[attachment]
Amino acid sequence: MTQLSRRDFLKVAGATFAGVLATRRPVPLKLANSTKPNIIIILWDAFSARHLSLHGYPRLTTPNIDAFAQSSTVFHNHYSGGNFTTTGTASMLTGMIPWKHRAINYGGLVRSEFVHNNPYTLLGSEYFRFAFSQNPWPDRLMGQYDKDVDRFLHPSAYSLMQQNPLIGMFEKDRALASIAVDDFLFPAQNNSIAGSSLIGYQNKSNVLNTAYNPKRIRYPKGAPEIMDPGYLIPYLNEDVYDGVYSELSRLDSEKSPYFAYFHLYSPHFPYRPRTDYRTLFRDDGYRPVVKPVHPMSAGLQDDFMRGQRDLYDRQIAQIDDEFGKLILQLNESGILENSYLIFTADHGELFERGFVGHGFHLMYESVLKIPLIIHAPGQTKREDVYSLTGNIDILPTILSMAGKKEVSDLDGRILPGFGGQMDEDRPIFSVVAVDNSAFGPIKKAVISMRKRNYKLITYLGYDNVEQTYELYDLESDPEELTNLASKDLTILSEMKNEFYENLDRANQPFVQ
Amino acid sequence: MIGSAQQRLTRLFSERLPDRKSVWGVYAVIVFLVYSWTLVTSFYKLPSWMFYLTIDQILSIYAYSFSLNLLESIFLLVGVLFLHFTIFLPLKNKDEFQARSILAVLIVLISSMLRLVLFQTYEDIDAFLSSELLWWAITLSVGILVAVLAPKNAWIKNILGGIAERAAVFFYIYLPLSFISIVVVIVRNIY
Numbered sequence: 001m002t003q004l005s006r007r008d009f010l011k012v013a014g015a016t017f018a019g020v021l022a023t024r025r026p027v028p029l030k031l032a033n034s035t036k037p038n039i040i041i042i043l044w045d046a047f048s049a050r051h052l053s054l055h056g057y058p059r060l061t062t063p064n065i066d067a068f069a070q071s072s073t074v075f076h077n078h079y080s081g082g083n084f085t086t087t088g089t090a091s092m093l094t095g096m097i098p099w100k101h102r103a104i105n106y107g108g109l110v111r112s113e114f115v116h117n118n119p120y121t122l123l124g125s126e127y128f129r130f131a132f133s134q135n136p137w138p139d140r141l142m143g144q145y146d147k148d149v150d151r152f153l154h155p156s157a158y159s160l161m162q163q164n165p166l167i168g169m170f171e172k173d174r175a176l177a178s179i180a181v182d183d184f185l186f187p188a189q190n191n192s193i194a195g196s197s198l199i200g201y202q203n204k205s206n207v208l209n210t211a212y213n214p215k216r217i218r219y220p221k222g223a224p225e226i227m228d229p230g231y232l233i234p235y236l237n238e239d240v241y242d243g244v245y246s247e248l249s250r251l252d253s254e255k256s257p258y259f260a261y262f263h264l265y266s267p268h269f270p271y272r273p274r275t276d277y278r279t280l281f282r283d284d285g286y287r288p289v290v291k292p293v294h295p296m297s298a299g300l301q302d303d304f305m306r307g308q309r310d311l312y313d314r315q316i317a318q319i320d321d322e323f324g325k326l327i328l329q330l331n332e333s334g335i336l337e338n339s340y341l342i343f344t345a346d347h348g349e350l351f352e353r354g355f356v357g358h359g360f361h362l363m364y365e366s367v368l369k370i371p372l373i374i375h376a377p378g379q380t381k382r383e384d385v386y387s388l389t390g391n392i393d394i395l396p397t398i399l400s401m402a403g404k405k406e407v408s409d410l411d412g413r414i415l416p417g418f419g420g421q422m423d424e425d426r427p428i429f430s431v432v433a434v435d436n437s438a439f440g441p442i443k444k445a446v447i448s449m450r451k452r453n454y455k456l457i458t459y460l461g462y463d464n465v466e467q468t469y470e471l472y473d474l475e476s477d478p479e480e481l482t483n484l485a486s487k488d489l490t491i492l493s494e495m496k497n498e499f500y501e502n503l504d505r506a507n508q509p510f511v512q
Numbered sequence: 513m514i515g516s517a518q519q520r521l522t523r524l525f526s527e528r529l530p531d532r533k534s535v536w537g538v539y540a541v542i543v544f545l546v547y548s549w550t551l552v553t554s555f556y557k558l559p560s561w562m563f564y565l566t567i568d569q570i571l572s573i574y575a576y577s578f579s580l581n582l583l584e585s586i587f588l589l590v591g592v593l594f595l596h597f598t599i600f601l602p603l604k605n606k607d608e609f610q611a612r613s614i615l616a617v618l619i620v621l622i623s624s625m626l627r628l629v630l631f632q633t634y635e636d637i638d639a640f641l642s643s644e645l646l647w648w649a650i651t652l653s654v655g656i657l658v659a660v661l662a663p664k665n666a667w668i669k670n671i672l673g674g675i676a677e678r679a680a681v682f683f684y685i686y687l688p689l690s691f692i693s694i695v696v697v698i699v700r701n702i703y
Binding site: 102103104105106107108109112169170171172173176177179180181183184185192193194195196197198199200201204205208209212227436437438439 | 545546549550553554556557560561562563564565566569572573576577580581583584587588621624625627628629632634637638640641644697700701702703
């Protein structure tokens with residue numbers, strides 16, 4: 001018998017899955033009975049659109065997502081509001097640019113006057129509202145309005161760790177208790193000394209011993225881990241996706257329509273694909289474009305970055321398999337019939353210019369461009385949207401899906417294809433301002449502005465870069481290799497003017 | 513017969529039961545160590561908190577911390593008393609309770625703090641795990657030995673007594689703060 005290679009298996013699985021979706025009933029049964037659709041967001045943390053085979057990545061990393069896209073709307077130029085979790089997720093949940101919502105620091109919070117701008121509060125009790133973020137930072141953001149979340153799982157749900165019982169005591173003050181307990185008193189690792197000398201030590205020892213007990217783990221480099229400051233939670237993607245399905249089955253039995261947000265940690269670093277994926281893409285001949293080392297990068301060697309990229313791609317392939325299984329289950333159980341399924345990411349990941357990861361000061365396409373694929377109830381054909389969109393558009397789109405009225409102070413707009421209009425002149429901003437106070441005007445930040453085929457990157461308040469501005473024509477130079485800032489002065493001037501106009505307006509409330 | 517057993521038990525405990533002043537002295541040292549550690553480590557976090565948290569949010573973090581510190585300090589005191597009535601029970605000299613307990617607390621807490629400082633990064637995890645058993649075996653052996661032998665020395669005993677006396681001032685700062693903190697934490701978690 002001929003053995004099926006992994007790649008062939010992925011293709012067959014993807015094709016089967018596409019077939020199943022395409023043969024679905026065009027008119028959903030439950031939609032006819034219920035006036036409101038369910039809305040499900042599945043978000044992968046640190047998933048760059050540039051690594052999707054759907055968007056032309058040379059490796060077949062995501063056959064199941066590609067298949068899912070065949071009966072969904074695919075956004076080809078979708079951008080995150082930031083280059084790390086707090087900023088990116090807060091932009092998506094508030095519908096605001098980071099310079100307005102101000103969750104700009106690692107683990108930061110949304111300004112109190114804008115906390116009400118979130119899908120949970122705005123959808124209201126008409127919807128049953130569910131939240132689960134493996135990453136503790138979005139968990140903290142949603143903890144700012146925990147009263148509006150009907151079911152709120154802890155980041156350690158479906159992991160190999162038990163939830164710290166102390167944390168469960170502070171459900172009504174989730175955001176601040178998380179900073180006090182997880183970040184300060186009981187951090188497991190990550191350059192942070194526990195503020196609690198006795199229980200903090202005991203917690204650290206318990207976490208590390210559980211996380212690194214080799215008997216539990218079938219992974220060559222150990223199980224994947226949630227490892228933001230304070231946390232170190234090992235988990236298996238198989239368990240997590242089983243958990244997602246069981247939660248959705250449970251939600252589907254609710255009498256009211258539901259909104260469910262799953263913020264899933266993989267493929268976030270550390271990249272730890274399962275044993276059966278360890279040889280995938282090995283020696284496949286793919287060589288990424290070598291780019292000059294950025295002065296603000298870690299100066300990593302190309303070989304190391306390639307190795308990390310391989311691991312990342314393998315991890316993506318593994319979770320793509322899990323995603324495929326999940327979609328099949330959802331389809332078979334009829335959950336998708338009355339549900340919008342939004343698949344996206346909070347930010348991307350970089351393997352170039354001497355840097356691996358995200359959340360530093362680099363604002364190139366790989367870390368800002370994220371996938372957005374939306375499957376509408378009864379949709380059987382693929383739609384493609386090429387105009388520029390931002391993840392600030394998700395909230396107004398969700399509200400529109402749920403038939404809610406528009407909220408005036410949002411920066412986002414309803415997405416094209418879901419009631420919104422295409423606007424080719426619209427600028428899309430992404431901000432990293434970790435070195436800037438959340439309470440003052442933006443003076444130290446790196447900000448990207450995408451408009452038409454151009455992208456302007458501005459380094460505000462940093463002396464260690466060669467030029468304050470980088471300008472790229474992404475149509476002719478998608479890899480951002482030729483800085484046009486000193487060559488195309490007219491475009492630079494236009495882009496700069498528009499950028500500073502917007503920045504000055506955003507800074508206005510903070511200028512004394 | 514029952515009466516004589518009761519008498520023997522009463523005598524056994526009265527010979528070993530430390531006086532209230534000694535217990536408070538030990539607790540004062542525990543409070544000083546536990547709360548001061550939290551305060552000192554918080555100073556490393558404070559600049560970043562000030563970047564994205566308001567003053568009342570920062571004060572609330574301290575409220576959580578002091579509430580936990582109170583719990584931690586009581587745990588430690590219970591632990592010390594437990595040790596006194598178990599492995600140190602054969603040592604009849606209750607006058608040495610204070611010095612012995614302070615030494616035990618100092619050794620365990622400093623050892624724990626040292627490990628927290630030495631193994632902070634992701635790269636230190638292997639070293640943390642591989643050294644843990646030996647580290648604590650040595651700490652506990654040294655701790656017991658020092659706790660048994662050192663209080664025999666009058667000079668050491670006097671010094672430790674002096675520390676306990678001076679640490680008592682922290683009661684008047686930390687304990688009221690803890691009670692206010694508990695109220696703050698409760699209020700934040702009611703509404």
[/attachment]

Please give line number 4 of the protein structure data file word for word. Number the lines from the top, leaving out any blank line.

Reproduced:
Numbered sequence: 513m514i515g516s517a518q519q520r521l522t523r524l525f526s527e528r529l530p531d532r533k534s535v536w537g538v539y540a541v542i543v544f545l546v547y548s549w550t551l552v553t554s555f556y557k558l559p560s561w562m563f564y565l566t567i568d569q570i571l572s573i574y575a576y577s578f579s580l581n582l583l584e585s586i587f588l589l590v591g592v593l594f595l596h597f598t599i600f601l602p603l604k605n606k607d608e609f610q611a612r613s614i615l616a617v618l619i620v621l622i623s624s625m626l627r628l629v630l631f632q633t634y635e636d637i638d639a640f641l642s643s644e645l646l647w648w649a650i651t652l653s654v655g656i657l658v659a660v661l662a663p664k665n666a667w668i669k670n671i672l673g674g675i676a677e678r679a680a681v682f683f684y685i686y687l688p689l690s691f692i693s694i695v696v697v698i699v700r701n702i703y